On the Road: Learning at National Parks
When I was a kid, we spent most of our family vacations in national parks. Going camping instead of staying in hotels allowed us to visit lots of places we otherwise wouldn't have had the opportunity to see, and from a young age, those trips fostered an excitement for conservation and preservation of the environment in both me and my sister.
During my recent cross-country adventure, we spent a few nights camping in both the Grand Teton and Yellowstone national parks. As I flipped through the parks' complementary newspaper and visitor guide, I noticed a few programs designed to teach kids more about the environment. The first was the Junior Ranger Program, which I distinctly remember participating in as a child. To earn Junior Ranger status, children have to complete a number of activities--going on a nature walk, attending a ranger program, or identifying plant or animal species, for example--and then fill out a booklet with what they've learned. When they're finished, each child receives a Junior Ranger badge.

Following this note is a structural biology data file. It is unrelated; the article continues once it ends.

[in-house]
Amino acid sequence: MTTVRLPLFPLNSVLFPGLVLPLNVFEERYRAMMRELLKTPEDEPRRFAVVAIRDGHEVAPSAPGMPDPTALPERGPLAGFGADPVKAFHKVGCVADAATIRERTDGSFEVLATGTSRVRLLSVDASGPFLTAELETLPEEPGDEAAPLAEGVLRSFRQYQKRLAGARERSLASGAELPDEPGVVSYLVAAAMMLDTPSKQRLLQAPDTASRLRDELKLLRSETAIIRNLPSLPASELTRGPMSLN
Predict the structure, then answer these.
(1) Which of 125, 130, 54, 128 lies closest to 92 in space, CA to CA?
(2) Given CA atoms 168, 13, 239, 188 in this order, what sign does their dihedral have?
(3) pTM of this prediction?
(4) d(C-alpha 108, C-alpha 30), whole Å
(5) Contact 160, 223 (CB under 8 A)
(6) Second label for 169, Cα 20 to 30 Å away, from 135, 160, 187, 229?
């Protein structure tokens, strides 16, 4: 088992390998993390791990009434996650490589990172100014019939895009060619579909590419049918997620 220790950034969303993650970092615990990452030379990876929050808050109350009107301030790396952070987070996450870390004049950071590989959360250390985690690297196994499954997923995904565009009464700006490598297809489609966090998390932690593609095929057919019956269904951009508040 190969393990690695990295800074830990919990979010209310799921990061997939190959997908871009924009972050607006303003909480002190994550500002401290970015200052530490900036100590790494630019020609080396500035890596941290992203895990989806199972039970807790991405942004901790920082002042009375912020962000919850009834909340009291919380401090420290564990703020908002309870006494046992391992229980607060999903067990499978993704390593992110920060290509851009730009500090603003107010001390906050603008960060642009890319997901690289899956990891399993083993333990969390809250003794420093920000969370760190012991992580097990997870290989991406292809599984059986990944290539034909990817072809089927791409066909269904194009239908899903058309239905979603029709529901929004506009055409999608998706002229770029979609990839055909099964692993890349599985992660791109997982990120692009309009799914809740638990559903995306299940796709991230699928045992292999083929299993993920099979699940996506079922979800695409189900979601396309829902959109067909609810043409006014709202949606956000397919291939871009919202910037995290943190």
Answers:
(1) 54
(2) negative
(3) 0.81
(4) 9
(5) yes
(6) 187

The other program that I thought was interesting was the Young Scientist program, which was only available at the Old Faithful area in Yellowstone National Park, as far as I noticed. Kids pick up a toolkit, which includes a thermometer and stopwatch among other things, and complete a scientific investigation around the geyser area. I'm pretty sure this is a new program, since I have no memory of it existing when I visited the park a few years back, but it seems like a great idea to get kids thinking about science while they're walking through one of the most geologically interesting spots in the country.
Searching the Internet, I also noticed that both the Grand Teton National Park and Yellowstone have entire sections on their Web sites just for teachers with links to educational activities, fact sheets, and various curricula. It seems like a great idea to me. I mean, who wouldn't be motivated to learn more about the earth while surrounded with breathtaking views like this?